Edmonton·Podcast

The Ledge: Anti-abortion group that backed UCP plans to push for changes

Taking stock after the acrimonious Alberta provincial election campaign are lobby groups that backed either winning or losing parties.  

Wilberforce project director thinks his group now has the ear of government

Alberta Premier Jason Kenney, flanked by his cabinet, speaks after being sworn into office in Edmonton on Tuesday. (Jason Franson/The Canadian Press)

Taking stock after an acrimonious Alberta provincial election campaign are lobby groups that backed either winning or losing parties.  

The Wilberforce project, previously known as Alberta Pro-Life, was active in supporting UCP nomination candidates, some of whom ultimately ran and were elected as MLAs.

Wilberforce project political director Cameron Wilson won't disclose how many candidates his group backed, or how many were successful.

Wilson said he was pleased with the outcome of the election and what he has seen so far in Premier Jason Kenney's cabinet picks.

Alberta's new Education Minister Adriana LaGrange used to be the president of Red Deer Pro-Life. Cameron Wilson, political director for the anti-abortion group, Wilberforce Project is happy she was appointed to cabinet. He talks to Kim Trynacity about what he hopes to see out of a new UCP government. 20:08

"Adriana LaGrange is a pick we're happy with," said Wilson, noting the new minister of education has a long-standing affiliation with Red Deer's anti-abortion organization.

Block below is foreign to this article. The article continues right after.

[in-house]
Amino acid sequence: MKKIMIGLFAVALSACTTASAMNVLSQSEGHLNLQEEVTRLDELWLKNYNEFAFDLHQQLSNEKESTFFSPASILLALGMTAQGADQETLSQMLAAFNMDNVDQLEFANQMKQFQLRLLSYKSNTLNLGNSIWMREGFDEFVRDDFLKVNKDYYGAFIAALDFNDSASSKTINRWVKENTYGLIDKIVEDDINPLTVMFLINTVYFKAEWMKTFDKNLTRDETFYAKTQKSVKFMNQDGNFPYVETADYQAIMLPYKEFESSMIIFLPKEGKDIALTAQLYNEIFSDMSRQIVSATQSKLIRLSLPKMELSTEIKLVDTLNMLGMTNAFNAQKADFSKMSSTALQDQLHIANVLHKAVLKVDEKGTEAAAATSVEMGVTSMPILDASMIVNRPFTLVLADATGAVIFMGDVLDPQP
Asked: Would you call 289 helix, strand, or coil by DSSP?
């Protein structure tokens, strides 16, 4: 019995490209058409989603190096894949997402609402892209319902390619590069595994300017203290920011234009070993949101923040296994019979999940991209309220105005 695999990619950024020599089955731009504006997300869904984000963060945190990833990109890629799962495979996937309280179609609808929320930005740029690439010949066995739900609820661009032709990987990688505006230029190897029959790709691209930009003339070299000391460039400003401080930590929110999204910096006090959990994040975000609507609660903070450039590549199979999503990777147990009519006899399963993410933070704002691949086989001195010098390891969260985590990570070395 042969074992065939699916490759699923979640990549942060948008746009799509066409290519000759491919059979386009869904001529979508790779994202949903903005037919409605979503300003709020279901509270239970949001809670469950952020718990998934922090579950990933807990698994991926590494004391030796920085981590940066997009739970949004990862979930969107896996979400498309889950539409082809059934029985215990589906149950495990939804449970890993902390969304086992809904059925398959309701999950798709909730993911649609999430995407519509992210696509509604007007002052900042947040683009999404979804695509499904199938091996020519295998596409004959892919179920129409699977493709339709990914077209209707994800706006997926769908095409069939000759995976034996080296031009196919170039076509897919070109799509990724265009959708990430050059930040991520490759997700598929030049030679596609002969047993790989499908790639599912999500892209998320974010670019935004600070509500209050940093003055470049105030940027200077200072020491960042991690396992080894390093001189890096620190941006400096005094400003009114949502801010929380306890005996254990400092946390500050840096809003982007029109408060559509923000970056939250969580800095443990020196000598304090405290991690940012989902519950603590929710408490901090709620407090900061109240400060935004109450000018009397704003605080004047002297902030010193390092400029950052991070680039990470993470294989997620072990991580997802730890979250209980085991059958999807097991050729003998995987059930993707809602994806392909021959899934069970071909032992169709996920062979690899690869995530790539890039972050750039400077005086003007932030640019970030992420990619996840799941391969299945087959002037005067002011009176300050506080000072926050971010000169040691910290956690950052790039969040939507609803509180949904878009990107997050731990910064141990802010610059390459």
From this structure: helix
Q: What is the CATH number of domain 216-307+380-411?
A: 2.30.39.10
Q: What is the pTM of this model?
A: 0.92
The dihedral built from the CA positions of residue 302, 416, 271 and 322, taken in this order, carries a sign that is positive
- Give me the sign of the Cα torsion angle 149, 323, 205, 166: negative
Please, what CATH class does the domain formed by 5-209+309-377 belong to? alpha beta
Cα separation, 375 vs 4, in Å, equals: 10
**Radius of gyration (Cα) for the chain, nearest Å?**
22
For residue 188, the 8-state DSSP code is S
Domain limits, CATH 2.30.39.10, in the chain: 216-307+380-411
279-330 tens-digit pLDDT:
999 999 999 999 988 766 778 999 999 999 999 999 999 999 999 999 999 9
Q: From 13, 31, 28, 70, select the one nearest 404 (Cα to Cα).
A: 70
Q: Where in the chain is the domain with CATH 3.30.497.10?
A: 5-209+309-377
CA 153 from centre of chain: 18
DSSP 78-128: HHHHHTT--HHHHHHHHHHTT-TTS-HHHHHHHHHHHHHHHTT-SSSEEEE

'Good perspective'

"We think that she'll bring a good perspective and will represent all Albertans, including those with pro-life views, very well in cabinet," said Wilson, speaking to CBC on the Ledge podcast.

Wilson emphasized that Kenney hasn't made any promises to his group but said the Wilberforce project will work to get the new UCP government to adopt some of its policies.

The appointment of Red Deer-North MLA Adriana LaGrange as education minister is being applauded by an anti-abortion organization. (Government of Alberta)

Two policies in particular on the group's radar involve increasing supports for pregnant women fleeing domestic violence, and entrenching conscience rights into legislation for health-care professionals.

"We think those are things that the UCP should be willing to support," Wilson said. "As a government, that seems to be in line with what's their governmental priority that they've laid out so far."

Kenney is personally opposed to abortion. But like the prime minister he once served under — Stephen Harper — has said he has no interest or intention of revisiting the abortion issue.

Mount Royal University professor Lori Williams said a major test of Kenney's leadership will be how he handles competing demands from groups expecting favours from a new government.

"It's a huge challenge, there's no question about it," said Williams.

On this week's episode of the Ledge, Kim Trynacity and Michelle Bellefontaine examine the new cabinet picks, and look ahead to what will be a busy few weeks as new MLAs are sworn in, and a new legislative agenda unfolds under Alberta's first UCP government.